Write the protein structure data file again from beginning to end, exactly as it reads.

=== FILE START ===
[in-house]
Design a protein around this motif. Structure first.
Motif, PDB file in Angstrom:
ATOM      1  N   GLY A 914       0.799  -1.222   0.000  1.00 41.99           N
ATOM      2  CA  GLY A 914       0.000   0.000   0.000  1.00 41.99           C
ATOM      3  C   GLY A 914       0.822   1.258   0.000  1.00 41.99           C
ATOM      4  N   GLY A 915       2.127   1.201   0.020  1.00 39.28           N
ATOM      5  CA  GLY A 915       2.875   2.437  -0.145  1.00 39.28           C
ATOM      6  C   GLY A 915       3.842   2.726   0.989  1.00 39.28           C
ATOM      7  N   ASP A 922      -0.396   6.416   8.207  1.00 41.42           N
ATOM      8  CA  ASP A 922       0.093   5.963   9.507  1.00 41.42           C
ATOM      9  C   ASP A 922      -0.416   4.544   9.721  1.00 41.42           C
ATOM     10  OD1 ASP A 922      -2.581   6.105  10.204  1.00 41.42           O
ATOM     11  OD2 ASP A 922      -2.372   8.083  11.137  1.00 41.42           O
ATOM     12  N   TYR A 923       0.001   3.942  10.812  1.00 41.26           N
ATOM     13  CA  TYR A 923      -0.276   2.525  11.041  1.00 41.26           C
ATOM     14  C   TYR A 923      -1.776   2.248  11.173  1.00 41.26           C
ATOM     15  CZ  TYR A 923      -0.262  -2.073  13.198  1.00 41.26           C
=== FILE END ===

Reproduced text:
[in-house]
Design a protein around this motif. Structure first.
Motif, PDB file in Angstrom:
ATOM      1  N   GLY A 914       0.799  -1.222   0.000  1.00 41.99           N
ATOM      2  CA  GLY A 914       0.000   0.000   0.000  1.00 41.99           C
ATOM      3  C   GLY A 914       0.822   1.258   0.000  1.00 41.99           C
ATOM      4  N   GLY A 915       2.127   1.201   0.020  1.00 39.28           N
ATOM      5  CA  GLY A 915       2.875   2.437  -0.145  1.00 39.28           C
ATOM      6  C   GLY A 915       3.842   2.726   0.989  1.00 39.28           C
ATOM      7  N   ASP A 922      -0.396   6.416   8.207  1.00 41.42           N
ATOM      8  CA  ASP A 922       0.093   5.963   9.507  1.00 41.42           C
ATOM      9  C   ASP A 922      -0.416   4.544   9.721  1.00 41.42           C
ATOM     10  OD1 ASP A 922      -2.581   6.105  10.204  1.00 41.42           O
ATOM     11  OD2 ASP A 922      -2.372   8.083  11.137  1.00 41.42           O
ATOM     12  N   TYR A 923       0.001   3.942  10.812  1.00 41.26           N
ATOM     13  CA  TYR A 923      -0.276   2.525  11.041  1.00 41.26           C
ATOM     14  C   TYR A 923      -1.776   2.248  11.173  1.00 41.26           C
ATOM     15  CZ  TYR A 923      -0.262  -2.073  13.198  1.00 41.26           C